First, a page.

Figure 1.
Flowchart showing selection of studies for inclusion in systematic reviews.
Figure 1.
Flowchart showing selection of studies for inclusion in systematic reviews.
×
The review authors critically appraised the 92 studies meeting inclusion criteria using structured categories, including study level, study design, number of participants, types of interventions and outcome measures, summary of results, and study limitations. All authors abstracted and synthesized this information into an evidence table, and each question was then summarized into a critically appraised topic (CAT). AOTA staff and an AOTA consultant reviewed the evidence tables and CATs. The evidence tables were also reviewed by content experts in conjunction with the external review of the Occupational Therapy Practice Guideline for Individuals With Work-Related Injuries and Illnesses (Kaskutas & Snodgrass, 2009). Twenty-three articles were included in the low back review; 11 were included in the elbow review; 22 were included in the shoulder review; and 36 were included in the hand, wrist, and forearm review. Seventy-nine articles were Level I, 3 were Level II, and 10 were Level III. The evidence tables for each review are available online at www.ajot.ajotpress.net [navigate to the specific article, and click on “supplemental materials”]).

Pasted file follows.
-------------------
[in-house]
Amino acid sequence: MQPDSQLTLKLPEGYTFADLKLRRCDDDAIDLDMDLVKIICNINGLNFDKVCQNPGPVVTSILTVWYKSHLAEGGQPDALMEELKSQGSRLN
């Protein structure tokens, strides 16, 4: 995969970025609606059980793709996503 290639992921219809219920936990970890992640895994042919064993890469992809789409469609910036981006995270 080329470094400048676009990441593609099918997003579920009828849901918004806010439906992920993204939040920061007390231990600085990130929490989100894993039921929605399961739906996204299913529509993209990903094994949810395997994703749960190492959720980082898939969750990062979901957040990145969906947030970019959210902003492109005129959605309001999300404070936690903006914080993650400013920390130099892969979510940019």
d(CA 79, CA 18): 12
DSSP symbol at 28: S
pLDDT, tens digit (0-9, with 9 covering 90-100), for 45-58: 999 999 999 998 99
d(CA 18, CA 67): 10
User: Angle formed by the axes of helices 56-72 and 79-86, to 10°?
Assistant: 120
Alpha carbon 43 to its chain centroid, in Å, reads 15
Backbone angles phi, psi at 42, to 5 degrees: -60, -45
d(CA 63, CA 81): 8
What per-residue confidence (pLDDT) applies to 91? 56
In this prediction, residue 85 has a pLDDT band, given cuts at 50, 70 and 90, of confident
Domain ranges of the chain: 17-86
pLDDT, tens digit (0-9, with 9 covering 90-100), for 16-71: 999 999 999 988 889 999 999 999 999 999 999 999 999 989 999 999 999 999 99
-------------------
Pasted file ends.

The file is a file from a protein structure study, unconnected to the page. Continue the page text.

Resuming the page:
Summary of the Review
The results of the systematic reviews published in this issue of the American Journal of Occupational Therapy provide important information for practitioners working with clients with work-related injuries and illnesses. By reviewing the scientific literature broadly and appraising and synthesizing specific studies, the authors have been able to provide up-to-date answers to critical questions that may previously have been informed only on the basis of clinical expertise. Results of the systematic reviews of interventions for the low back, for example, support a biopsychosocial and multidisciplinary approach that includes graded functional activity, environmental modifications, client education, cognitive–behavioral strategies, and therapist-directed and therapist-supervised therapeutic exercises targeting the client’s symptoms.
Although the evidence for occupational therapy interventions for the shoulder also supports a multidisciplinary and biopsychosocial approach, most evidence is for preparatory methods such as range of motion and exercise, conservative management, joint mobilization, laser, electromyography feedback, pulsed electromagnetic fields, the Cyriax methods, and ultrasound. Evidence for interventions for work-related injuries and clinical conditions of the elbow is limited and focuses on the preparatory activities of splinting, exercise, and the modalities of ultrasound and ionization.
Results of the systematic review of interventions for the hand, wrist, and forearm support the use of occupation-based assessment tools, adaptation to the environment to enable function and reduce pain, and simulation of activities of daily living. In addition, evidence was found for the effectiveness of several preparatory activities such as exercise, the use of the thermal modality of heat, and early mobilization after fractures and acute trauma. Other preparatory methods have been found to be effective for specific clinical conditions, including splinting for osteoarthritis and carpal tunnel syndrome; scar massage to prevent hypertrophic scarring and promote extensibility; the use of sensory focusing, a cognitive pain control technique during burn dressing changes; and the use of pressure garment work gloves after burns.